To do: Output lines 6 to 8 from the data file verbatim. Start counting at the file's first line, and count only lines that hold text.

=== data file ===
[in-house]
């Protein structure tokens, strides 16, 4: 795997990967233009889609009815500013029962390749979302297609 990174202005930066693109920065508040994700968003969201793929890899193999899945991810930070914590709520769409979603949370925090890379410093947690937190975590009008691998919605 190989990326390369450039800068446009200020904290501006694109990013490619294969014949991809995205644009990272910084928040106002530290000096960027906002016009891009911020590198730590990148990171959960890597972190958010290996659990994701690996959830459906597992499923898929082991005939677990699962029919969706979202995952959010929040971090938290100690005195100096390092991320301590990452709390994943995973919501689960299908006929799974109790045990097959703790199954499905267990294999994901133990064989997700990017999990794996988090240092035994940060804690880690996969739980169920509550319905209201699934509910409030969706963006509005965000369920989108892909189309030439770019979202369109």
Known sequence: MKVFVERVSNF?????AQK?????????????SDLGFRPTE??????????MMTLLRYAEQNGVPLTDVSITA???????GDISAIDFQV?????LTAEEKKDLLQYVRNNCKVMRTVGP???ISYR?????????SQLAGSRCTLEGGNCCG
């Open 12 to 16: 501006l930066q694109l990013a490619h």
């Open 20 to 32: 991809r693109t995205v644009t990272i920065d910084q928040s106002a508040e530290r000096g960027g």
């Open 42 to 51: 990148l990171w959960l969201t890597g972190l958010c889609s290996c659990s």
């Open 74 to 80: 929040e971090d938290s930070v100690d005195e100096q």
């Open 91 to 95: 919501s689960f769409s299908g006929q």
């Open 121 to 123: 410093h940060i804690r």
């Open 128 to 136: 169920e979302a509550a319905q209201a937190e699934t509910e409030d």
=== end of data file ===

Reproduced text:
């Open 42 to 51: 990148l990171w959960l969201t890597g972190l958010c889609s290996c659990s």
């Open 74 to 80: 929040e971090d938290s930070v100690d005195e100096q």
């Open 91 to 95: 919501s689960f769409s299908g006929q």